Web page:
Dangling pizza slices when members of your own party are refusing to do your bidding might have seemed like a bright idea to John Boehner late on Thursday, but it didn't work. Thin crust or deep pan, they were not enough to spare the Speaker of the House the biggest humiliation of his career.
America watched in astonishment as Mr Boehner first promised that his debt-ceiling plan would pass the House of Representatives within hours, only later to pull it off the table. He had spent hours arm-twisting (and pizza-tempting) conservative members of his party who thought the plan too feeble and, plainly, had failed.
Mr Boehner managed finally to push a revised plan through the House of Representatives last night and he attempted a bullish tone on the floor before the vote. "I stuck my neck out a mile" in his efforts to negotiate with the Democrats and the White House, he thundered. Yet Mr Boehner only got there by succumbing to his right wing yet again. While the headline numbers remained the same, he agreed that the second phase of the plan would be contingent on Congress seeking a constitutional amendment to force government to balance its budgets.
Many saw this coming. Mr Boehner, who is from Ohio and has a reputation for becoming emotional, was swept to the top post in the House when his party swamped the Democrats last November to win back the majority. The Tea Party effectively put him there; now it is pulling his strings like a puppet.
"He's got the most difficult job on the planet," agreed Representative Joe Walsh of Illinois, a Tea Party-backed newcomer to the Hill who was among those who would not be swayed by the Speaker on Thursday. Inevitably, questions about Mr Boehner's leadership style – he has a reputation for deploying gentlemanly courtesy in trying to corral members, rather than shouting and desk-thumping – will be raised. "If you were looking for a pretext to stage a coup, that would be a pretty good one," Ross Baker, a political scientist at Rutgers University, told Bloomberg News before the votes finally aligned for him last night.
He is at risk also by virtue of his more or less moderate politics. He tries to play lip-service to his Tea Party wing, but they are clearly unconvinced, at least on this issue. But Thursday night, ghastly though it was with a mortified America watching every twist in the agony, may prove to be only the first test for Mr Boehner.
Last night he prevailed and his face was saved. But now he must start negotiations with the Democrat majority in the Senate on a compromise package that his conservative members will like even less. If Mr Boehner achieves that by the cut-off point on Tuesday, the country will be grateful and the outlines of his legacy may be much improved. But the Tea Party faction might dislike him all the more.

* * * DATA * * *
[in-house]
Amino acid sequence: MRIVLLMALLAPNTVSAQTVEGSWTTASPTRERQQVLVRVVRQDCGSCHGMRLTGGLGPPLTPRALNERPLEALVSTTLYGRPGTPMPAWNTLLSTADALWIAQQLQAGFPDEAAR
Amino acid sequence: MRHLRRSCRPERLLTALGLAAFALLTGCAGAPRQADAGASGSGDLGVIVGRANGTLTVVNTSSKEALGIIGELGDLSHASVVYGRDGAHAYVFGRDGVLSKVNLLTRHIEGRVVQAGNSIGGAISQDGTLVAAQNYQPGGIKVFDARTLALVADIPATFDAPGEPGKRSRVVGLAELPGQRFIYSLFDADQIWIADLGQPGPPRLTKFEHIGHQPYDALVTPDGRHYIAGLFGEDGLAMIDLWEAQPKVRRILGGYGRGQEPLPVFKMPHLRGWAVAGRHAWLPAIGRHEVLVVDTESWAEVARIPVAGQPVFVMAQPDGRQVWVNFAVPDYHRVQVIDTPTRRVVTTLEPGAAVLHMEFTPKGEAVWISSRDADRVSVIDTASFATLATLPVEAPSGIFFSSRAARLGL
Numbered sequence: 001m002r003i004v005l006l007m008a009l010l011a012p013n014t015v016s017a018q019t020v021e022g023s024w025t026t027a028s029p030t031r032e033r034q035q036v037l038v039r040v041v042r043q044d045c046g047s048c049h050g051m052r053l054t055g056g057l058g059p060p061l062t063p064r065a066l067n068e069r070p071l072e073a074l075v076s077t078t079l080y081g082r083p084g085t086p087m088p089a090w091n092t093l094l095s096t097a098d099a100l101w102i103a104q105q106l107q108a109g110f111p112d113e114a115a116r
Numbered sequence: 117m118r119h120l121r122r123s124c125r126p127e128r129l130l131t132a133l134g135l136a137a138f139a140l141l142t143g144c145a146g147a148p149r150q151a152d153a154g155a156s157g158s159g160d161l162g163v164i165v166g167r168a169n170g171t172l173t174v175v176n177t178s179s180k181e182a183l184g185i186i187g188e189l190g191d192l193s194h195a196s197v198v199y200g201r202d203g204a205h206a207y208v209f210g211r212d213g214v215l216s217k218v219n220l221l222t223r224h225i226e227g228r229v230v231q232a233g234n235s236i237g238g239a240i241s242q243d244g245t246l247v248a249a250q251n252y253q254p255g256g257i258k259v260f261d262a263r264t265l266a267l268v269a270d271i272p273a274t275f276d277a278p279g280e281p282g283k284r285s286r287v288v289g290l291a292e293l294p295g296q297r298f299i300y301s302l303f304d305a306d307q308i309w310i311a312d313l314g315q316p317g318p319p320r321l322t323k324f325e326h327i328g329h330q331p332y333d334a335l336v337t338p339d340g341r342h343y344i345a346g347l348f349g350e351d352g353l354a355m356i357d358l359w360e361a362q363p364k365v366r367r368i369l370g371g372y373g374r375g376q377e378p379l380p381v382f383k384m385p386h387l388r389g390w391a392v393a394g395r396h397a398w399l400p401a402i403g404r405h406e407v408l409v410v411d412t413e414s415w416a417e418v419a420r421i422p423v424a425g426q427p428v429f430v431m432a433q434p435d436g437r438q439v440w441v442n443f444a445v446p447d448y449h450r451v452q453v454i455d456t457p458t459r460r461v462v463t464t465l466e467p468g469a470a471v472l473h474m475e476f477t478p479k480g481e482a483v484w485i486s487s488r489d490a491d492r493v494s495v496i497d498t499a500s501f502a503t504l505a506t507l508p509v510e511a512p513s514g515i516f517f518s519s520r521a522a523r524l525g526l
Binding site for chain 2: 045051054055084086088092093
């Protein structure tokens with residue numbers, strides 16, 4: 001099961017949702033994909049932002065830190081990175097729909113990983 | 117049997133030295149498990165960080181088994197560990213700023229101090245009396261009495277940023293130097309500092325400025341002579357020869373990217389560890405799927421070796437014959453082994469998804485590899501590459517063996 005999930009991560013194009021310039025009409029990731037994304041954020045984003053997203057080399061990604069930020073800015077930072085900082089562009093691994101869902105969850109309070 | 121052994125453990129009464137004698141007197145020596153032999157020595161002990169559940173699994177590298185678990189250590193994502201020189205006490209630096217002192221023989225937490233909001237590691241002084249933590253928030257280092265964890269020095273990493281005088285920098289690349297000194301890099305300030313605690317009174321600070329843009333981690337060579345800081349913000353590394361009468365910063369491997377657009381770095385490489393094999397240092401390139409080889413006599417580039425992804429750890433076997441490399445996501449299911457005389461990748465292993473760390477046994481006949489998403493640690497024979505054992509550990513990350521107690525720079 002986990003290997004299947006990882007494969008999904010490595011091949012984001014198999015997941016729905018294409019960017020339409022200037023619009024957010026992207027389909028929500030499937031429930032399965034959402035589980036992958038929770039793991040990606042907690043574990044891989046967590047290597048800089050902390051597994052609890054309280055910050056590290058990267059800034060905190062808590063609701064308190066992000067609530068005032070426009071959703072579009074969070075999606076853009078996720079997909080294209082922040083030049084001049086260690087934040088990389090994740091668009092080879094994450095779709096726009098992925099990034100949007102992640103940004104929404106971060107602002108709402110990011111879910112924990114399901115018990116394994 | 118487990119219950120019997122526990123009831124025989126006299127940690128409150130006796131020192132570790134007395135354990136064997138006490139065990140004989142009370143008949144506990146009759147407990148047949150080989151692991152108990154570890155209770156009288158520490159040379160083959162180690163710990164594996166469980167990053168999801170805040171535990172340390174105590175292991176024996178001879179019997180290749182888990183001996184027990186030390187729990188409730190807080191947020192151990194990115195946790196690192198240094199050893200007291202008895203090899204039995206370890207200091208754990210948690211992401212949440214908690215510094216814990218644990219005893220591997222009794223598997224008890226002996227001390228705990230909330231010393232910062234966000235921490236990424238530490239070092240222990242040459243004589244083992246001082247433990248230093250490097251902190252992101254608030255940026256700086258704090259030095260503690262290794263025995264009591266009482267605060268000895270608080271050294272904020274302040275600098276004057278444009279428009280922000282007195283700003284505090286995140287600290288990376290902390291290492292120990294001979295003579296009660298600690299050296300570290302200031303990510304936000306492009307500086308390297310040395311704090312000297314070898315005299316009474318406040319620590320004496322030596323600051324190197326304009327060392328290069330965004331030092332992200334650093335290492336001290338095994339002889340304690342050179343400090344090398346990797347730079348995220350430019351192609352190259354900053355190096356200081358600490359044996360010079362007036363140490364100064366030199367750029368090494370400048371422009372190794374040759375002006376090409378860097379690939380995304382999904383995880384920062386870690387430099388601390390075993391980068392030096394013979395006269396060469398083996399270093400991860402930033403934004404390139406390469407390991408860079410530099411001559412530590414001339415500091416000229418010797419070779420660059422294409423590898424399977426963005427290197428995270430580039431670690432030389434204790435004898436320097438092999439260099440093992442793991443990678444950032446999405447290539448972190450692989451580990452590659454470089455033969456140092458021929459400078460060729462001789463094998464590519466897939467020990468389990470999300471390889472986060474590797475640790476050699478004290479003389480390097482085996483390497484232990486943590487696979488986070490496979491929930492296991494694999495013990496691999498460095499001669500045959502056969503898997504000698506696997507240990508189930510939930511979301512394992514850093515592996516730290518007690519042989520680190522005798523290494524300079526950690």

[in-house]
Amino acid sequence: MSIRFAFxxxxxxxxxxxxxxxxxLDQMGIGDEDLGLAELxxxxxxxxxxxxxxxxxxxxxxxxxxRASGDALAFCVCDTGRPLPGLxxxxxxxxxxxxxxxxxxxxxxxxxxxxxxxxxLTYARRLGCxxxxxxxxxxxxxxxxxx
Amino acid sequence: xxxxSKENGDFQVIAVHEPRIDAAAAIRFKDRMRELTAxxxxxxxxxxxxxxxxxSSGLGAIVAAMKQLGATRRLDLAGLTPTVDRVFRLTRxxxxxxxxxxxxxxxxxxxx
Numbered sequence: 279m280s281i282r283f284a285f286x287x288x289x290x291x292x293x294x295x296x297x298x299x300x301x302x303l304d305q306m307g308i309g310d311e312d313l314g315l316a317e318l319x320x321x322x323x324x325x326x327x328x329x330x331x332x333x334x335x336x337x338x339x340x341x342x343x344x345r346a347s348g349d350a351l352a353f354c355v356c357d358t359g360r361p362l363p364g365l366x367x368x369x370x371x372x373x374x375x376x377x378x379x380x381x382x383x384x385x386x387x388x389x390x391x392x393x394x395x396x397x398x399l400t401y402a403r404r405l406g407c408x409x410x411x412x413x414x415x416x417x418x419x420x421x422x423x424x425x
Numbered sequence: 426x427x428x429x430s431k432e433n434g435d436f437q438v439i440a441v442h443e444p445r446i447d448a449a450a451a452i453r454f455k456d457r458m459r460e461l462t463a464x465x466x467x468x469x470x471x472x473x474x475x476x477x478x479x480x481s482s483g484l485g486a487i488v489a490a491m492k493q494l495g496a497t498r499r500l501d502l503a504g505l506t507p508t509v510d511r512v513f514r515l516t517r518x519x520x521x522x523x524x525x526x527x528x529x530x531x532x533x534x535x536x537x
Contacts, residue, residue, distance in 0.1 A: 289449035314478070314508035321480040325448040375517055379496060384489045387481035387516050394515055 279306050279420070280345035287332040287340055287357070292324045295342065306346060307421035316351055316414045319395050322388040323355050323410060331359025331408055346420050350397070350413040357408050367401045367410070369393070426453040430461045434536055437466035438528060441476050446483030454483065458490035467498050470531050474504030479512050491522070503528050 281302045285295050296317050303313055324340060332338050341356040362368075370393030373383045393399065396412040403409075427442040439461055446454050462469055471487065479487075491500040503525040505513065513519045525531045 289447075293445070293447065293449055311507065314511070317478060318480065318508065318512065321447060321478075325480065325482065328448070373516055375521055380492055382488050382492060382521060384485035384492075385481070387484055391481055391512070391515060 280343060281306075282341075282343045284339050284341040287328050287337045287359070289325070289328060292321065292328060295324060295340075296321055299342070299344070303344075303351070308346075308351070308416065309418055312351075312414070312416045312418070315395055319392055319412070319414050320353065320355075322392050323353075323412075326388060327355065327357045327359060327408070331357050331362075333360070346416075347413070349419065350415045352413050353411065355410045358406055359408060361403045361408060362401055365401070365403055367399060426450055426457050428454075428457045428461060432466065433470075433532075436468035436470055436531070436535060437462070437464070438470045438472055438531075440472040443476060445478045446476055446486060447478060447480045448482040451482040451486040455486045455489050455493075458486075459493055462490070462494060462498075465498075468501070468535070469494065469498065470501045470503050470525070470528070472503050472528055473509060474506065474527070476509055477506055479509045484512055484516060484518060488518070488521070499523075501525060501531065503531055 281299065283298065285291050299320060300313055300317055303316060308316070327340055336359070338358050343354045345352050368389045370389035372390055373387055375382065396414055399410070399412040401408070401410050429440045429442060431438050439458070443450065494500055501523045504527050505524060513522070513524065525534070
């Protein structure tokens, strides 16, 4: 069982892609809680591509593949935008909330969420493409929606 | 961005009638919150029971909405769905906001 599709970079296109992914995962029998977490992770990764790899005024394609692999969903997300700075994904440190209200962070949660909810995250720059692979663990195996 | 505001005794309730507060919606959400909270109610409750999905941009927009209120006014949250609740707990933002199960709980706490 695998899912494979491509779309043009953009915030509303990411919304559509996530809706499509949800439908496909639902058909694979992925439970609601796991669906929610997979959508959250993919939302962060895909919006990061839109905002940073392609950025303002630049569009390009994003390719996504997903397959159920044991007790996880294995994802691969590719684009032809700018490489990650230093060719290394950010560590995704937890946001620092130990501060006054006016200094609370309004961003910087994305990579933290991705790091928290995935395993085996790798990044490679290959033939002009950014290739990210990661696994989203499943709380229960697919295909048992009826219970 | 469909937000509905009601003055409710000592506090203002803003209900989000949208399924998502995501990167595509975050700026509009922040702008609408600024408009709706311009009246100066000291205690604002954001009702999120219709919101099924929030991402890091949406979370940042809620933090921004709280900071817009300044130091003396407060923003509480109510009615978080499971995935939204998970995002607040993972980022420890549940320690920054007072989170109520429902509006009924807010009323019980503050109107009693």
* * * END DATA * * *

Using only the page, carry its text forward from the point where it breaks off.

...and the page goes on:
What next for the President – and the global economy?
A Long-Term Deal
The biggest divide between the two sides is whether the rise in the debt ceiling should carry the US through to the next election or be renewed sooner. In the best-case scenario for Obama, he would seal a deal which would close the subject until his bid for re-election was over. But his hand will weaken the longer the fight goes on. LIKELIHOOD: 3/10
A Quick Fix
Republicans say the President should not be given a blank cheque for the rest of his term – and would delight in the chance to force him into a similarly difficult position next year. But even some in the GOP dread the return of an issue which has done them as much harm as it has Obama. If the fight lasts the weekend the hardliners may get their way. LIKELIHOOD: 4/10
Will only come about if both sides remain convinced that the other is bluffing, only to discover too late they are not. If no deal is struck Obama will have to start delaying payments – maybe to recipients of benefits – and perhaps start selling government assets at fire-sale prices. A credit rating downgrade would be a strong possibility. LIKELIHOOD: 2/10
The Nuclear Option
The 14th Amendment says the US public debt 'shall not be questioned', which some scholars believe gives Obama the right to raise the limit unilaterally. But this is a thorny legal issue which could lead to Republican efforts to impeach the President – a political crisis he will be desperate to avoid. So far the White House has denied that it could be used. LIKELIHOOD: 1/10